“Honestly, I’d never been around white people, but it was just us, we lived together. I find when adults aren’t around, mostly the kids do just fine. The only challenge there was the academics.”
That she never felt peer pressure to be different or dress more like the predominantly preppy kids speaks to Murphy’s sense of self. “I held on to my own style. I thought topsiders were hideous and preferred what was coveted in the Bronx: Nike Air Jordans,” she laughs.
"I love my job most when I can get to the ones who don’t like school or don’t feel successful in the environment. I give more to those kids because they have less."
Murphy still has a firm sense of who she is because of the sense of pride her mother instilled in her. “We only had Black dolls. Mom was on a mission,” she says, amused.
In her teaching career, Murphy is continuing the mission to instill that confidence in all her students.
“Ms. Murphy believes in me. She always makes time for me; she helps me with math after school. She always answers and I have a lot of questions,” Arianna says.
Murphy credits her own math teacher from 6th grade, Mr. Block, with inspiring her teaching methods. “Math isn’t my strongest subject, but it’s my favorite to teach because I struggled with it. It helps me relate to the kids who need a little more encouragement. I have a class of high learners who can do mental math. I tell the class that I can’t do it in my head, I must write it down, but that doesn’t mean I’m not a good mathematician. It humbles the advanced students and brings up the ones who need a little more encouragement.”
Murphy continues, “I love my job most when I can get to the ones who don’t like school or don’t feel successful in the environment. I give more to those kids because they have less.”
Jacqueline describes how Ms. Murphy gives every ounce of energy she has to her students, even during the pandemic. For instance, she says Murphy asked her students what sweet treat they would like to be sent to their homes, because she wanted to reward them for all of their hard work in class. “These acts of kindness endear students to her. The high level of respect she requires inspires them to work harder,” says Jacqueline.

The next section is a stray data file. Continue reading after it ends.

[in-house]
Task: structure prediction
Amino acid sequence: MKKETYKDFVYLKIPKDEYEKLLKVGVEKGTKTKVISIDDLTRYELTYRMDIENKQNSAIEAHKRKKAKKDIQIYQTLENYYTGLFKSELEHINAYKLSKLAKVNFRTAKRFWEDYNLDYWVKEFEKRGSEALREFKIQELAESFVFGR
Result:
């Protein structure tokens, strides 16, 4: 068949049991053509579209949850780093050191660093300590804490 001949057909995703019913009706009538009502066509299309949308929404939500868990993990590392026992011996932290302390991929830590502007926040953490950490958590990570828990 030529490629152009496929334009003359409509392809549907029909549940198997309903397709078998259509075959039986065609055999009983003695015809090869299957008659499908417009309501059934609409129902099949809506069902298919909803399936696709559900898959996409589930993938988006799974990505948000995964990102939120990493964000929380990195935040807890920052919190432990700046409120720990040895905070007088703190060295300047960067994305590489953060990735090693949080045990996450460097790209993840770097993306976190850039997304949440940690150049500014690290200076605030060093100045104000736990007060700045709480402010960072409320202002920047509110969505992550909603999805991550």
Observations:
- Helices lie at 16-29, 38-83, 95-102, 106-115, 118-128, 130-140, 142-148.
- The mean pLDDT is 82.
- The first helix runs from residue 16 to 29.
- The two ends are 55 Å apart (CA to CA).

All throughout the year, Murphy sent her students care packages, tailored to the student’s needs and interests. She sent Arianna the book Brown Girl Dreaming by award-winning novelist Jaqueline Woodson, which Arianna read immediately.
“I send care packages to all the kids. I’m doing what I do. I don’t mean to play it down, but I don’t think of it as anything special. I think Arianna and her mom have experienced it that way,” says Murphy. She even made a list of places for Arianna to go during a school break that would be Covid-safe: “I recommended parks that weren’t generally highly populated. I also gave her links to things to do.”
For Arianna, her teacher’s passion and enthusiasm have meant everything.
“On the last day of school, [Ms. Murphy] told me I can do whatever I want to do in the world. She said I will become an author one day, and everyone will read my books,” Arianna says.
Photography by Christina Edwards